St. Louis Child Custody
Child custody battles can be draining on both your life and your child’s lives. Making sure this process moves along as smoothly as possible in court is of the utmost importance. The Carson Law Firm is well versed in the intricacies of St. Louis child custody laws and can help you navigate this process. Please contact us so that we may learn more about your situation and make sure you are represented in the best way possible.
Important Information about St. Louis Child Custody Laws and Divorce
State laws determine how divorcing couples in St. Louis will share custody of their children. Typically, if you and your partner cannot come up with an agreed upon plan on your own, a judge may decide how custody will be granted. Some important factors a judge will consider are:
- Parent’s Wishes
- The Need for Children to have a relationship with Each Parent (and the Parent’s Willingness)
- The Child’s Best Interest
- Home, School, and Community Environment
- Mental and Physical Health for All Involved
- Intentions of Parent’s to Relocate
- Possibility of Home Schooling
- The Child’s Wishes
St. Louis Child Custody Courts
Each county in Missouri has its own circuit court to hear child custody cases.
St. Louis city and St. Louis County have two different circuit courts. You can visit their websites here:
Custody Types under St. Louis Child Custody Laws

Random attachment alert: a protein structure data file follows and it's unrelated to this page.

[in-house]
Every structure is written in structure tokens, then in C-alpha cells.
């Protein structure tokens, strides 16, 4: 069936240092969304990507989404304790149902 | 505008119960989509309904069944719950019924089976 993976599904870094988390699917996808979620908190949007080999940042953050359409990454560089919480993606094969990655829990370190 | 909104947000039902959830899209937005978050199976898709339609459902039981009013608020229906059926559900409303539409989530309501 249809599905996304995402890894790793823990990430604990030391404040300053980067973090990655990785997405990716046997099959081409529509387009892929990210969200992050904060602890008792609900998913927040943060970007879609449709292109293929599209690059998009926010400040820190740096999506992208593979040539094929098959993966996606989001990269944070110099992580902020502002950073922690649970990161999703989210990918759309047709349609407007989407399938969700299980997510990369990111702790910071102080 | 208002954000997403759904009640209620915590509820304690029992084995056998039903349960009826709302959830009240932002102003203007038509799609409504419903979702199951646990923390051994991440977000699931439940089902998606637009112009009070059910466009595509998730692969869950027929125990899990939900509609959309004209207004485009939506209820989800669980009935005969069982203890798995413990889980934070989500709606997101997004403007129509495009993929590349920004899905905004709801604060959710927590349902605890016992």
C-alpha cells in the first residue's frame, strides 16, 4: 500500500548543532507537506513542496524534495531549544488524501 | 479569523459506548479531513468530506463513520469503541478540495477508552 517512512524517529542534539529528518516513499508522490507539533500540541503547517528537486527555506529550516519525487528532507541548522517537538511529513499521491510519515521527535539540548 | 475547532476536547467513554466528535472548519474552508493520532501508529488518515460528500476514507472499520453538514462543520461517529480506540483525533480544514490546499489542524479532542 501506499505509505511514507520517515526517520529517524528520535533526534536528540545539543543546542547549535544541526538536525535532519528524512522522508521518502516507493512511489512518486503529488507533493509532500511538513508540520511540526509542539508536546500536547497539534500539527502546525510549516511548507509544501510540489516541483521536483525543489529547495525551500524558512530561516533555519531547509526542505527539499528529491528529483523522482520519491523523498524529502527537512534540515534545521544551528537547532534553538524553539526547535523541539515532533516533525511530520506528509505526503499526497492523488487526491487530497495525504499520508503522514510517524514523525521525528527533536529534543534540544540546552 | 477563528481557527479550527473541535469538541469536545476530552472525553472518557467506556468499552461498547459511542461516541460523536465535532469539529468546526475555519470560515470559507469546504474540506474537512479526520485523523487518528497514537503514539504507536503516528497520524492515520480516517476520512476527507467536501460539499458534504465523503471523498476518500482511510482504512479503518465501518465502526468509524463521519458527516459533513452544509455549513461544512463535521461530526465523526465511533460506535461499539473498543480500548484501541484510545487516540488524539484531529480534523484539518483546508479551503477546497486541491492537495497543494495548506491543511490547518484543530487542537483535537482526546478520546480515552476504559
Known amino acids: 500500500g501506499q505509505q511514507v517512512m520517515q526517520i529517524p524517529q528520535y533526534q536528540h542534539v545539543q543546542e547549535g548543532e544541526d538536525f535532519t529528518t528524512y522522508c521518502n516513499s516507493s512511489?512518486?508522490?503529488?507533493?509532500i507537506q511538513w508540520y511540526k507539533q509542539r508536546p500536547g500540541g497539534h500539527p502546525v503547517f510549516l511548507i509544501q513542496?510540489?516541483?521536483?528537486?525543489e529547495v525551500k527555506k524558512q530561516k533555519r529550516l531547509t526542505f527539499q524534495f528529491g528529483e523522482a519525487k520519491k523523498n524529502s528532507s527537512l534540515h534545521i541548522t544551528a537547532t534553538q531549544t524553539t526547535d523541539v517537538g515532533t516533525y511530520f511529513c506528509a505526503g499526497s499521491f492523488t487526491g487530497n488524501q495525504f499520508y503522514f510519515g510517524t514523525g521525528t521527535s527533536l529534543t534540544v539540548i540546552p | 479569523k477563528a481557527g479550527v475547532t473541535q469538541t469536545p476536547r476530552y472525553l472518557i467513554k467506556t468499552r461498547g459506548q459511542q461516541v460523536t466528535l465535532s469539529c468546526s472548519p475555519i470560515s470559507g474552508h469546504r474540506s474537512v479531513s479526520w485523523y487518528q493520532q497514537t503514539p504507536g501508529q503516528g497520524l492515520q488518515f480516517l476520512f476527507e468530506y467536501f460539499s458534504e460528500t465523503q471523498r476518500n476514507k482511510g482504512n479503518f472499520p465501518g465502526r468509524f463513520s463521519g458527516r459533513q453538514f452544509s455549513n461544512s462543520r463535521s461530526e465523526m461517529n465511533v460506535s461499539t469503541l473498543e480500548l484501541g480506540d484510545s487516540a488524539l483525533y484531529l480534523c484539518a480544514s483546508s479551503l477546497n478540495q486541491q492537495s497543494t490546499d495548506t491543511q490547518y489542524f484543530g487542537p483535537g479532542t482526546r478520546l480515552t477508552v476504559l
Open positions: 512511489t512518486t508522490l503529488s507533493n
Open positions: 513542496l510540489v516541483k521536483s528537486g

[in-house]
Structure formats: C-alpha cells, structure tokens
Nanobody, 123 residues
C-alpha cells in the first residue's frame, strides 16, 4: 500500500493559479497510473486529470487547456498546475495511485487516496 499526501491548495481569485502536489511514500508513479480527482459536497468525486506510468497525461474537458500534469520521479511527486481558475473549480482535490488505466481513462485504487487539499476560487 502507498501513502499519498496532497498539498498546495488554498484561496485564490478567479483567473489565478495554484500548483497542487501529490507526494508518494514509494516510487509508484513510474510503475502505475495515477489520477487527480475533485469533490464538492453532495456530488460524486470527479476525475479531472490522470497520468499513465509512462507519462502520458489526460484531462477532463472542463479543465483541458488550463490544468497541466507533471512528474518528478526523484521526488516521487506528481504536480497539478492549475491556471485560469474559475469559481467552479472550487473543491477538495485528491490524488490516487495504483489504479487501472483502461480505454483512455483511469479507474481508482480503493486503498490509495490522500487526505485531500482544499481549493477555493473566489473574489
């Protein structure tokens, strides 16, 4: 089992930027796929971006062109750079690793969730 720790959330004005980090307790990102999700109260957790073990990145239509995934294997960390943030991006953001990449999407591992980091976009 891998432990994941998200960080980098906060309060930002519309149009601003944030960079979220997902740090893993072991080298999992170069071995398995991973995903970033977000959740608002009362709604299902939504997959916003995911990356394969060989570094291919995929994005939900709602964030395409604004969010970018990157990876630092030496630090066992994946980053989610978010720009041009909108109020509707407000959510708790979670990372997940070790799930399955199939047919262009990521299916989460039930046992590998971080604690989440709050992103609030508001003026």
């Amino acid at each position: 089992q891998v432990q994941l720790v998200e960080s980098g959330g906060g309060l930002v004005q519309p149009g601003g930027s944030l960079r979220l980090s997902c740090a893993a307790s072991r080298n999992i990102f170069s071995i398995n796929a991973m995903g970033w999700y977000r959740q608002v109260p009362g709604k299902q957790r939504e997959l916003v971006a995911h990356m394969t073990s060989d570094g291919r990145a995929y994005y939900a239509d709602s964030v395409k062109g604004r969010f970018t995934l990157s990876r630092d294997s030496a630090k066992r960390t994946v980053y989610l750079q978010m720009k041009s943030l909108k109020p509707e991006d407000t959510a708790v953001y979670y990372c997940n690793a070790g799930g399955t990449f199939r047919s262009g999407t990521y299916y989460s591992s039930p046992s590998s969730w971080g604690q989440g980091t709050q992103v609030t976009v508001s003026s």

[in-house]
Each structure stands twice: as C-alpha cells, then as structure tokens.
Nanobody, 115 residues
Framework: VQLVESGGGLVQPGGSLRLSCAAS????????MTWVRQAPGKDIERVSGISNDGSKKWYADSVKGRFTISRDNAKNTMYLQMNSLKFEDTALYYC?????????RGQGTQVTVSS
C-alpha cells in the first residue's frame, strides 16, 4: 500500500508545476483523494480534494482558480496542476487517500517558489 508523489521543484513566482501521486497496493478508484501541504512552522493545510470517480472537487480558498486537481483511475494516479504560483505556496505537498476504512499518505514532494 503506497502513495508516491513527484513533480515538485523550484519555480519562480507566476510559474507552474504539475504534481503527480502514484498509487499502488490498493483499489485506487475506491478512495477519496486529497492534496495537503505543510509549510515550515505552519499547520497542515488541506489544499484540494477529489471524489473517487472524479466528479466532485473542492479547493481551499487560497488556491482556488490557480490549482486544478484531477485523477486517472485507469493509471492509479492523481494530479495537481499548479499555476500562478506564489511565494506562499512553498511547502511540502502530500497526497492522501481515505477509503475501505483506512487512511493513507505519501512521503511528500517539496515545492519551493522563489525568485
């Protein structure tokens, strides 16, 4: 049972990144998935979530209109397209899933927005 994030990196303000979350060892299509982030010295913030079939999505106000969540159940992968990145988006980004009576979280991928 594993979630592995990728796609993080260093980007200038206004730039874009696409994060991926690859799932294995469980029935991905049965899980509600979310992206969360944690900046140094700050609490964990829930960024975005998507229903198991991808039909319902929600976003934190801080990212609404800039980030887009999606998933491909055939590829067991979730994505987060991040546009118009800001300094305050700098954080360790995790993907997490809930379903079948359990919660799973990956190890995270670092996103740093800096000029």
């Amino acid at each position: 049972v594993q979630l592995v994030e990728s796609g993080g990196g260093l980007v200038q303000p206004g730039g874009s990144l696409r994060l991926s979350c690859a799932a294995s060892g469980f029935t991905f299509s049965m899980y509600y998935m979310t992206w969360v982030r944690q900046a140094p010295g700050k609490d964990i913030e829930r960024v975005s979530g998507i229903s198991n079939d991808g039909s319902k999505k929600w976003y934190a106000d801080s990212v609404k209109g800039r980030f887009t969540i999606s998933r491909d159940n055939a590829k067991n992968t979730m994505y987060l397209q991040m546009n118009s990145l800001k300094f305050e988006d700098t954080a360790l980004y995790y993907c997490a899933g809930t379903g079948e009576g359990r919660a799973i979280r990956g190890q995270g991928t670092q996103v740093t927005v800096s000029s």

There are several types of custody that may be awarded in St. Louis.
Join Custody – The court awards both parents custody.
Sole Custody – Only one parent receives custody.
After that, there are two types of custody that may be awarded.
Legal Custody – The parent has the right to make decisions regarding how the child is raised. Important items that fall under this category typically include health and education. Typically, joint legal custody is awarded so both parents will have a say in the child’s upbringing.
Physical Custody – This type of custody decides which parent the child will live with. Sometimes one parent is awarded. Other times both parents are awarded. If the situation dictates that one parent will have custody, that parent is known as the custodial parent and the other is referred to as the non-custodial parent.
Please contact us so that we may learn more about your situation and make sure you are represented in the best way possible.